I think my previous blog post probably makes it clear that I am by no means a relativist. I believe it was Richard Dawkins who pointed out that a relativist will abandon his ideas when, say, boarding a plane. Some things are just better than others, and a well constructed plane is superior to one that will blow up in mid air. There are real, measurable truths, and I have enough faith to believe that we can reason to them –such as the truth of existence, matter, individual thought, mathematical truths, and general a priori knowledge. I think that fluffy, wishy-washy –ism is fairly out of vogue, anyway. So, no, I’m not a relativist. And, as far as art goes, I do not believe anything is art. But…


I do believe anything can be art.

These statements are syntactically different, and that difference is important. I’ll try to do my best to deconstruct them. The first premise is Anything Is Art. If something “is” something else, then the “is” can be thought of like a little equal sign, like in a math equation:

Anything = Art

Of course, the word anything means just that: any sort of thing. If you see a thing, it is a part of this “anything”. Your baseball, your aunt’s doily collection, your uncle’s spittoon, your father’s favorite brown loafers, your mother’s gardening gloves, Labradors, Super Mario Brothers, every Michael Bay movie, that picture of a dog your wannabe-artists friend drew, gibbons, Precious Moments figurines, the statue of David, the pyramids, The Great Wall of China, absolute zero, microbiology textbooks, The Mona Lisa, David Lynch’s house, Donald Trump’s hairpiece, a lost and forgotten sock, your cat’s hairballs, giant squids… these are all part of the “anything” category. If we accept the above premise as correct, we have to say that anything, anything at all, is art.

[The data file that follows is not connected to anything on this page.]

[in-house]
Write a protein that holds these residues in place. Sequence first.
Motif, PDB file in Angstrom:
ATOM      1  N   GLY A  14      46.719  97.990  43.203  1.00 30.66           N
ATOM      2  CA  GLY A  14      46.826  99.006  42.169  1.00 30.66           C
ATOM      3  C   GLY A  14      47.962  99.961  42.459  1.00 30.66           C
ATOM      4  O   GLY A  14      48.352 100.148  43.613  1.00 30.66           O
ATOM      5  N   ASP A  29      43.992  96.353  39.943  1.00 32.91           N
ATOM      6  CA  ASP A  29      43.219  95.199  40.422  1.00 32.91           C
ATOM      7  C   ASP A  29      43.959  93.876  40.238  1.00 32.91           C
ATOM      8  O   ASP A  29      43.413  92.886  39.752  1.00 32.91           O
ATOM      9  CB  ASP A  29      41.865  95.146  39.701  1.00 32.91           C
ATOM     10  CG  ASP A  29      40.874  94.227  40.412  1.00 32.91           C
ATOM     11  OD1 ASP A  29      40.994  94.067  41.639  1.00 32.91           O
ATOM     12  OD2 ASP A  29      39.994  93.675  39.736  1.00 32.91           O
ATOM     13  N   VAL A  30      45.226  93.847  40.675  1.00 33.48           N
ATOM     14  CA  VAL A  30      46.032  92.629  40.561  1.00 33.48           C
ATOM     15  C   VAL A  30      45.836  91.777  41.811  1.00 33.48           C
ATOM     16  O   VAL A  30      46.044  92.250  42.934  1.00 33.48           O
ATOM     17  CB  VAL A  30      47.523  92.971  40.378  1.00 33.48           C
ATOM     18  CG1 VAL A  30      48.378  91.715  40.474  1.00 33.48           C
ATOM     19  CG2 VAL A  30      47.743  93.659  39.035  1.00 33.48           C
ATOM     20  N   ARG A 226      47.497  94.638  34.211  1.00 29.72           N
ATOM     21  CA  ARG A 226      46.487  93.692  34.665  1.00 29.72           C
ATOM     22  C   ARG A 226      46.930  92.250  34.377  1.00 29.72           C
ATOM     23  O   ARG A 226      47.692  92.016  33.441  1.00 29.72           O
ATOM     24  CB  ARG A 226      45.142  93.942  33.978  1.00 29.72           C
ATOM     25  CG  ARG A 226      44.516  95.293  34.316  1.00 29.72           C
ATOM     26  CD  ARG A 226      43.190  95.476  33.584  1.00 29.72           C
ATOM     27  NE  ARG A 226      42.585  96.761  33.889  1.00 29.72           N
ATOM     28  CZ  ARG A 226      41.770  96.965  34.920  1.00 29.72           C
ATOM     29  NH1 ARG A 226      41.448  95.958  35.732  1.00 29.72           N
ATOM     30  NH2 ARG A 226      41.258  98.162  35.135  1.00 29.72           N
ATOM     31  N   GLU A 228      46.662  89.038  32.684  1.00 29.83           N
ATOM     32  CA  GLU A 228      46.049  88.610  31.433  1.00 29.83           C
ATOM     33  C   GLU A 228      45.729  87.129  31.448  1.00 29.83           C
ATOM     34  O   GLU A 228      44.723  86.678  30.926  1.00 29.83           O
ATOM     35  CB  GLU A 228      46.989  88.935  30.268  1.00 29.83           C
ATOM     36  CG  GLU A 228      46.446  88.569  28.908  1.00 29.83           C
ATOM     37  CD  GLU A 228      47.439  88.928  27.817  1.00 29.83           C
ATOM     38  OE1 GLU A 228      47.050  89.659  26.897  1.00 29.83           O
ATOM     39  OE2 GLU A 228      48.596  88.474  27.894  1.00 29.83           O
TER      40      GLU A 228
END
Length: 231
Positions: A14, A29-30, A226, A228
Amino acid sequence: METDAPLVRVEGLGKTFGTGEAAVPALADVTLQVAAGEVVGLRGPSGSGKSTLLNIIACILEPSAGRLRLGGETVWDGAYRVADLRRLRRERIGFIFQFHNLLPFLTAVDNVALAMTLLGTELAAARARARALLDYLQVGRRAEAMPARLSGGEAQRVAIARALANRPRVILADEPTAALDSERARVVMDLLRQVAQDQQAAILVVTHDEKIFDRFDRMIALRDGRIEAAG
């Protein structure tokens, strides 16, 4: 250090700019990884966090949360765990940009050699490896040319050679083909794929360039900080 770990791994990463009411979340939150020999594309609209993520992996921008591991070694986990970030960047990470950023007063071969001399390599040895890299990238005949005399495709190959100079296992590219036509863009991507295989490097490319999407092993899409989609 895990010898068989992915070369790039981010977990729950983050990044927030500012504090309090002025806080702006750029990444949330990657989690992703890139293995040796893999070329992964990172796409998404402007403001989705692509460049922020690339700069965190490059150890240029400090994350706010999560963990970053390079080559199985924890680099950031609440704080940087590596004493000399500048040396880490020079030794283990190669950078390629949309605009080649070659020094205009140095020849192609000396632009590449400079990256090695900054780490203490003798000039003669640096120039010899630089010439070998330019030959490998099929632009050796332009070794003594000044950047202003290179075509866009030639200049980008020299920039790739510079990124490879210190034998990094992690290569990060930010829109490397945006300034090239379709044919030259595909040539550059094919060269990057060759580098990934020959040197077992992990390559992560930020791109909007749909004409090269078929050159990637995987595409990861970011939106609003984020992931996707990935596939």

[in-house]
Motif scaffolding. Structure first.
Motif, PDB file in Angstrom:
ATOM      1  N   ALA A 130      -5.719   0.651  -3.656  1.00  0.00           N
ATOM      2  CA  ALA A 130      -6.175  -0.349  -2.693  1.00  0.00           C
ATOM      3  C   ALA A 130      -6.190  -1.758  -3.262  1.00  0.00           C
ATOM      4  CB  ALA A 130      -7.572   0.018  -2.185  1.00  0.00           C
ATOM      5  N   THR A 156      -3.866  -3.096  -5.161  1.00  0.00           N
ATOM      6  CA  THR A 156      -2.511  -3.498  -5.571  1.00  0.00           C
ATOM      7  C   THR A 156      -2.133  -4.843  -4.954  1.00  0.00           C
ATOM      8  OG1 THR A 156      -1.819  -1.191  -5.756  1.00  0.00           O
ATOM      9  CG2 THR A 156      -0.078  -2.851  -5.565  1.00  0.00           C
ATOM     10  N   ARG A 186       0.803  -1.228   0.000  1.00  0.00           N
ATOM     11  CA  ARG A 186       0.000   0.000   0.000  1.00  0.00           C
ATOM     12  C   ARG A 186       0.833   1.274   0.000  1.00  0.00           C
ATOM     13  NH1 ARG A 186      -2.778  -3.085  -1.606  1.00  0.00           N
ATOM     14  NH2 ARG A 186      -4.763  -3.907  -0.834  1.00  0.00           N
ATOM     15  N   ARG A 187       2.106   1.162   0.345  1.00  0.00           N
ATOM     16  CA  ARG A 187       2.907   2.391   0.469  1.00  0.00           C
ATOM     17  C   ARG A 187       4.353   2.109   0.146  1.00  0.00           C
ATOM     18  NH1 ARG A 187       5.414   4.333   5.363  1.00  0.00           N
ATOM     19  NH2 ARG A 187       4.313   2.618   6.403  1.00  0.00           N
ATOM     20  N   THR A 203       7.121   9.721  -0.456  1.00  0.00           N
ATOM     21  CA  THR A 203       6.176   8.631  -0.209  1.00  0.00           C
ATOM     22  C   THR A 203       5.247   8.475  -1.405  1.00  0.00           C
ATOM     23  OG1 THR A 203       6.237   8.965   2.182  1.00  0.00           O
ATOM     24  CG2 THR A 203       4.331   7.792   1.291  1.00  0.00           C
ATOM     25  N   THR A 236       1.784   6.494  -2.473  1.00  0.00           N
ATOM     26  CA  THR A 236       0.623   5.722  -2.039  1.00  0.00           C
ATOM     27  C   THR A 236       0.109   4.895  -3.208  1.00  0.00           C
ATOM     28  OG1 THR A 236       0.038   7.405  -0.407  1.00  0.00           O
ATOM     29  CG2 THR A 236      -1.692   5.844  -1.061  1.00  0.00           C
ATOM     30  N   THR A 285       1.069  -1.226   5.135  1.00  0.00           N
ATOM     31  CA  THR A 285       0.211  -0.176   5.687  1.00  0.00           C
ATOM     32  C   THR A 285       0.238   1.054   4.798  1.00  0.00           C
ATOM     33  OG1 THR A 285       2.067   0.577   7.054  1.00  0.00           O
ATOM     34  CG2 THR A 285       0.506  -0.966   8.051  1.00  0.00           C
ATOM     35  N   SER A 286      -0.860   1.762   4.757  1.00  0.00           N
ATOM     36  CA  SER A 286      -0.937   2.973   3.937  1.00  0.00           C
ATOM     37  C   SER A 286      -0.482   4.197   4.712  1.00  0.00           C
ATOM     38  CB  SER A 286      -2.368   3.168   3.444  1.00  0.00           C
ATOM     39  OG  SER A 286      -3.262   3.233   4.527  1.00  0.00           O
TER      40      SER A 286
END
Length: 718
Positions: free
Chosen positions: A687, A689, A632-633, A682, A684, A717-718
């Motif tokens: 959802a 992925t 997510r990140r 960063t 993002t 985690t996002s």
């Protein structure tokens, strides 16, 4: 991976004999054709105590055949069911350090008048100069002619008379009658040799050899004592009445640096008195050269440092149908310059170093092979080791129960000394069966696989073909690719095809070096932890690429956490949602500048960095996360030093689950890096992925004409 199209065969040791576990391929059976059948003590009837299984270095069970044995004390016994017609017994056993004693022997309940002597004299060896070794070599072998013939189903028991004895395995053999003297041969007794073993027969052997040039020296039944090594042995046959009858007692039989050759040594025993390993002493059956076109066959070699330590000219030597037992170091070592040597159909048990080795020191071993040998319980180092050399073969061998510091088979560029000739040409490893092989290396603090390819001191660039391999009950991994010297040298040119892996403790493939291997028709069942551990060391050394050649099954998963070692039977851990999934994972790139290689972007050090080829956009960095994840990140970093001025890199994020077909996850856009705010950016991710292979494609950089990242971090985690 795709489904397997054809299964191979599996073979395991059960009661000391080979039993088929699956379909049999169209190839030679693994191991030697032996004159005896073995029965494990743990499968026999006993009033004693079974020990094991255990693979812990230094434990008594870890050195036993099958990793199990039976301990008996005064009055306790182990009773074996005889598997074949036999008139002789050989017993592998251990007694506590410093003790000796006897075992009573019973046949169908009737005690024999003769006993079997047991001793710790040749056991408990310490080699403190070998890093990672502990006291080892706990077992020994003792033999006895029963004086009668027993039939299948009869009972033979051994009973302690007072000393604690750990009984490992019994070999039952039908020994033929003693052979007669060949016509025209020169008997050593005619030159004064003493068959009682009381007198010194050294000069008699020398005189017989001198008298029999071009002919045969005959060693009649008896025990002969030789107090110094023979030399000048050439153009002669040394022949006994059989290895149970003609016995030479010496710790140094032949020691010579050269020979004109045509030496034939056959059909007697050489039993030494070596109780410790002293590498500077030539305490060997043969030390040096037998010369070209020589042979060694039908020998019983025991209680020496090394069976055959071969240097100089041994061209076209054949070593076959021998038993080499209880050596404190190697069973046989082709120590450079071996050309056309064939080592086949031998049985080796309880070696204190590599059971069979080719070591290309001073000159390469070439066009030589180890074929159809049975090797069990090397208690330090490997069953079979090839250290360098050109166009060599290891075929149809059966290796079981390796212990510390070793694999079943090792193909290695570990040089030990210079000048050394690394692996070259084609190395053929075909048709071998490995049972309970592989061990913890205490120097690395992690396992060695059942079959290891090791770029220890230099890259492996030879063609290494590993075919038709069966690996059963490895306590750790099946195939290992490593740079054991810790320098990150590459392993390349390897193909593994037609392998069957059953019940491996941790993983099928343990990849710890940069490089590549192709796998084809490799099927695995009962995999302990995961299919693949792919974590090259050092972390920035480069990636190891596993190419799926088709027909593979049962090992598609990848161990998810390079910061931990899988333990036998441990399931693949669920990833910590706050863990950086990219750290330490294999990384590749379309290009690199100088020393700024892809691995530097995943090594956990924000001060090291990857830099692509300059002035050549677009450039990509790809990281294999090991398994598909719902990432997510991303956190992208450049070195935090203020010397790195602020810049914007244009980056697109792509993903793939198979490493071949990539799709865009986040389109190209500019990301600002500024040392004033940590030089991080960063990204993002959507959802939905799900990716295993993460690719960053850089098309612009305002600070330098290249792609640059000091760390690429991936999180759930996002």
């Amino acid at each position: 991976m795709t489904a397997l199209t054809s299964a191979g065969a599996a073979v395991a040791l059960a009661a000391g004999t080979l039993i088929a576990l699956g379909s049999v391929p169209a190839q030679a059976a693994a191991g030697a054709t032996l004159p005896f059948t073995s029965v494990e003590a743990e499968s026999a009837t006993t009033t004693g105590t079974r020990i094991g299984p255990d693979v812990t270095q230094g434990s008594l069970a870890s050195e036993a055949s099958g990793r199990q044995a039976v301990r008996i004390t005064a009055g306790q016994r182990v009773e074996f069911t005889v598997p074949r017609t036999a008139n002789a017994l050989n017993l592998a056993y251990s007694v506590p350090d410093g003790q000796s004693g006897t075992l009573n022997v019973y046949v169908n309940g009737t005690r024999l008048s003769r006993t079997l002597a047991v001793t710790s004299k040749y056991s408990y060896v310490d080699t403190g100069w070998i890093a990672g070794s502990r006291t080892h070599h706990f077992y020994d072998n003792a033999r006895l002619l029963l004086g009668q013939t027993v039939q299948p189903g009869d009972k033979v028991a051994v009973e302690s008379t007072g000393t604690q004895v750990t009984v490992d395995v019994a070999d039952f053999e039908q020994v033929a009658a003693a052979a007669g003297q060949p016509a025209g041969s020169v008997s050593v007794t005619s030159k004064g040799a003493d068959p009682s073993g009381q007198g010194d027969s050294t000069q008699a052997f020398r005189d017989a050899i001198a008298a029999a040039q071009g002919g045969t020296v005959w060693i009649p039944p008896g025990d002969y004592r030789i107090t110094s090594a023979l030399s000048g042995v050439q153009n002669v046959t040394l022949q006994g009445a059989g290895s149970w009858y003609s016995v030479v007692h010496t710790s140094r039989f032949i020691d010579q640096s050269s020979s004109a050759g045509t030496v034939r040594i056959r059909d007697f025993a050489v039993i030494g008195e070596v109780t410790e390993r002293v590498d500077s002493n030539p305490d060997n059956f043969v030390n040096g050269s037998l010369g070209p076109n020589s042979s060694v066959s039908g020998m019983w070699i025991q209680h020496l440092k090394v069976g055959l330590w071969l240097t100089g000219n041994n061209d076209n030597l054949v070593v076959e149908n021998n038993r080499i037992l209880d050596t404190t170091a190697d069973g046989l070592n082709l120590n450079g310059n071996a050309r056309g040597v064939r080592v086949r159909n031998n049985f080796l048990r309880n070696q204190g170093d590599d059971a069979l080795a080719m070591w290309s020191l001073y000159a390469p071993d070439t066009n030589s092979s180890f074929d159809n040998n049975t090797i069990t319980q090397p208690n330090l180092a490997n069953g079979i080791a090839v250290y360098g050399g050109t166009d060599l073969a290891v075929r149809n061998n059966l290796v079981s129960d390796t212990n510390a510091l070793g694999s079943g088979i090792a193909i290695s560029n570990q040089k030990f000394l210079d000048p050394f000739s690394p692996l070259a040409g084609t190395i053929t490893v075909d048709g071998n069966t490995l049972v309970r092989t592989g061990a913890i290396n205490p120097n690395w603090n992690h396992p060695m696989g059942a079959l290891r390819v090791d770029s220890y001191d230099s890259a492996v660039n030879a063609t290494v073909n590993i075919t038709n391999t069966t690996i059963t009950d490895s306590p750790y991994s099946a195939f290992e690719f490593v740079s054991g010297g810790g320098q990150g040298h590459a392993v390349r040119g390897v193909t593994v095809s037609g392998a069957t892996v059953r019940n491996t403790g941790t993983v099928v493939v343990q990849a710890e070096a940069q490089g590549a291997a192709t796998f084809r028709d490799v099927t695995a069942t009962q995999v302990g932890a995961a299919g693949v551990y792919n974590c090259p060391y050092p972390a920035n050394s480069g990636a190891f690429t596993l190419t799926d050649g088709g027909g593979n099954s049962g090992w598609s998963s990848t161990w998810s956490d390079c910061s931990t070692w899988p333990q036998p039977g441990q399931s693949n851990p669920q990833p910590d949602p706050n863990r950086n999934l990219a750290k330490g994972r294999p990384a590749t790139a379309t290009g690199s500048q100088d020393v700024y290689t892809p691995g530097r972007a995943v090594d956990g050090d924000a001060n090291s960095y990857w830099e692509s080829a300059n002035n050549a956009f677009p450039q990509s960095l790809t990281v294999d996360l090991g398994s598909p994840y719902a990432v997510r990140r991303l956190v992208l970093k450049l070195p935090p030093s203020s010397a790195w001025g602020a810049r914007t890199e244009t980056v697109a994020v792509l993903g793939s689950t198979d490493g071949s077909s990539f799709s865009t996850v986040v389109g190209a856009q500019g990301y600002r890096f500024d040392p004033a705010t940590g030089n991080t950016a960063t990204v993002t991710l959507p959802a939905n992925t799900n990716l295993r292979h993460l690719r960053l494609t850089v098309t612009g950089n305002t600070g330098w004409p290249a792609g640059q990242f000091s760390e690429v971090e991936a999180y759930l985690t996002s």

But, what is art? If you mean an artificial thing then we still have a problem, because Labradors, squids, gibbons, and possibly even absolute zero would not count, and so obviously “anything” cannot be art. If that were the case, you could enter your goat in The Louvre. While goats are charming in many ways, and may be beautiful and entertaining, I don’t think it is categorically the same as a painting.

So, should we say anything that is made by humans, that is any artifact, is art?

All artificial things = art?

But, then we still have a problem. Even those who do not understand art will probably agree that a bandage, a Barbie, and a Botticelli are not categorically equal.

What we have here is called equivocation. This is a logical flaw that happens when a word has two different meanings, and those meanings are mixed up. It’s like mixing up honey, the sticky, sweet stuff, and honey, the slang for sweetheart. This could result in a problem, because eating your sweetheart on toast is generally not smiled upon in most societies.